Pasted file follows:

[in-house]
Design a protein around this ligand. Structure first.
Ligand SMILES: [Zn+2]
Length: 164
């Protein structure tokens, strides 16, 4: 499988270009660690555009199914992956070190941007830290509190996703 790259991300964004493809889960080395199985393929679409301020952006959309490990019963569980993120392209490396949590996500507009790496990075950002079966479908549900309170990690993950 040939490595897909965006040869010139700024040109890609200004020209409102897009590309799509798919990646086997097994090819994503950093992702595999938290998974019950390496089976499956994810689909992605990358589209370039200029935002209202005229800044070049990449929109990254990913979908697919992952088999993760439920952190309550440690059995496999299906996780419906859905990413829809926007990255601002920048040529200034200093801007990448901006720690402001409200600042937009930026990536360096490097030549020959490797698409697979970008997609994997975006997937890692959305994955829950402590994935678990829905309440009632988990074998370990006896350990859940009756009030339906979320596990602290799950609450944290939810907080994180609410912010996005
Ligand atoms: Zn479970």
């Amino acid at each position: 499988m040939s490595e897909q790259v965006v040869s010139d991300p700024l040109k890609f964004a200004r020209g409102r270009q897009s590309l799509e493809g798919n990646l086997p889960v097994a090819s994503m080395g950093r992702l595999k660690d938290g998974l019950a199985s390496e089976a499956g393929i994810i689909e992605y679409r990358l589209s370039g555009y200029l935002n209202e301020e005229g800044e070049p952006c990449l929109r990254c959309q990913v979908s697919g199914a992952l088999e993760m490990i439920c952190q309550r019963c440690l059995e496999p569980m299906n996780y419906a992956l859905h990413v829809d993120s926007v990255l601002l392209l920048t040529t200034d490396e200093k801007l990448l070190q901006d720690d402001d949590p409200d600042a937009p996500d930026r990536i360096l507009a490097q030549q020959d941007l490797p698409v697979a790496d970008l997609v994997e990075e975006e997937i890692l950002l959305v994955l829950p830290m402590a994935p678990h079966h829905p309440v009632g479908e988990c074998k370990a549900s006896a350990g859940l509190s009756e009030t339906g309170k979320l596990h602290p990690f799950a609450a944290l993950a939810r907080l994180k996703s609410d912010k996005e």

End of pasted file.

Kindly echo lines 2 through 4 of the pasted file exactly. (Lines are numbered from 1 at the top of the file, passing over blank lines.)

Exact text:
Design a protein around this ligand. Structure first.
Ligand SMILES: [Zn+2]
Length: 164